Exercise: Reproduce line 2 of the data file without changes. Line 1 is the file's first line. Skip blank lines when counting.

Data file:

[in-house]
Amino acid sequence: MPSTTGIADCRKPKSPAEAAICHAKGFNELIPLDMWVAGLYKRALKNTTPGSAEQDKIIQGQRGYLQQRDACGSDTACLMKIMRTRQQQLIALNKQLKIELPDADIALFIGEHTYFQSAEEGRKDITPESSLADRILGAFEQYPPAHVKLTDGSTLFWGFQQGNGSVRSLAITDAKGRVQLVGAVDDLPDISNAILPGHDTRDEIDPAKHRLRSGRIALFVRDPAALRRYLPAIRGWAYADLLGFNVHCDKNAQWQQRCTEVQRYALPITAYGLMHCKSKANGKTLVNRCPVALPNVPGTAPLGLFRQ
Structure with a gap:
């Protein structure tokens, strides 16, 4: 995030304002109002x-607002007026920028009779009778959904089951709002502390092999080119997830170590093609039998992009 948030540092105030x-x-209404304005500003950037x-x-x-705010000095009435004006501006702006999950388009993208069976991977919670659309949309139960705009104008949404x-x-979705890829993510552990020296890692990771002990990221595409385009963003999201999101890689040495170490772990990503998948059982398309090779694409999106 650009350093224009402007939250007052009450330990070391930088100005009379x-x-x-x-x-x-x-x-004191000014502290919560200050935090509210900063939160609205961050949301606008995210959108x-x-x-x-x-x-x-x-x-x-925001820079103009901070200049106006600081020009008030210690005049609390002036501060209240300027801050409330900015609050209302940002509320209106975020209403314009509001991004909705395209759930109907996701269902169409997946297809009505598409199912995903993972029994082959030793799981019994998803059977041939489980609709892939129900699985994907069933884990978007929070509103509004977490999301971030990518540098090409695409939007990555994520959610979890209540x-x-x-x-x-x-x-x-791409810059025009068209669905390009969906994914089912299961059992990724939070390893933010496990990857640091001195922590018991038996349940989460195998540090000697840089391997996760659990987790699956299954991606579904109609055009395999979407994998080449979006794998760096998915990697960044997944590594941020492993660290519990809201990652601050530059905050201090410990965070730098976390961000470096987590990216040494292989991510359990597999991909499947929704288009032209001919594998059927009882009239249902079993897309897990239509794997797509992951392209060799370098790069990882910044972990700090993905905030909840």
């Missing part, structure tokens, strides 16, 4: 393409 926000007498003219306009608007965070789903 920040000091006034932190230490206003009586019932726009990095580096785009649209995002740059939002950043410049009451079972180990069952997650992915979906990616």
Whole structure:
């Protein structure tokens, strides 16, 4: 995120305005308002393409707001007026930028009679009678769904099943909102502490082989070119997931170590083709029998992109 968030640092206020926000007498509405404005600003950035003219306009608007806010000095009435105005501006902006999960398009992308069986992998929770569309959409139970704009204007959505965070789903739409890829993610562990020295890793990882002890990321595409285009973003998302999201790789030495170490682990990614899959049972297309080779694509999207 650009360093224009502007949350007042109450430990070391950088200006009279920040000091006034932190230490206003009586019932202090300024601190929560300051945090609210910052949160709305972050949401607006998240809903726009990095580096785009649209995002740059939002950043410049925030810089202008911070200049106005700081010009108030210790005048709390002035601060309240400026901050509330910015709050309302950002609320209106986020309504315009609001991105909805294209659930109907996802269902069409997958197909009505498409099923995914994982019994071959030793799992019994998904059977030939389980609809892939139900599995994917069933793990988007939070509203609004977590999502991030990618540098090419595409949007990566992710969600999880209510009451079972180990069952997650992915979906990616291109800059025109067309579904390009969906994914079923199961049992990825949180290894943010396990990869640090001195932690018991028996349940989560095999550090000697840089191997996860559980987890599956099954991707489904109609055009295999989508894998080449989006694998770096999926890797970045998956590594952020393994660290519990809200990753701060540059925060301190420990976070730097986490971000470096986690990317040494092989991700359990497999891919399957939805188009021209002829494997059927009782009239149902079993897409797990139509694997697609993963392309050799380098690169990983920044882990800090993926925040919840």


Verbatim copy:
Amino acid sequence: MPSTTGIADCRKPKSPAEAAICHAKGFNELIPLDMWVAGLYKRALKNTTPGSAEQDKIIQGQRGYLQQRDACGSDTACLMKIMRTRQQQLIALNKQLKIELPDADIALFIGEHTYFQSAEEGRKDITPESSLADRILGAFEQYPPAHVKLTDGSTLFWGFQQGNGSVRSLAITDAKGRVQLVGAVDDLPDISNAILPGHDTRDEIDPAKHRLRSGRIALFVRDPAALRRYLPAIRGWAYADLLGFNVHCDKNAQWQQRCTEVQRYALPITAYGLMHCKSKANGKTLVNRCPVALPNVPGTAPLGLFRQ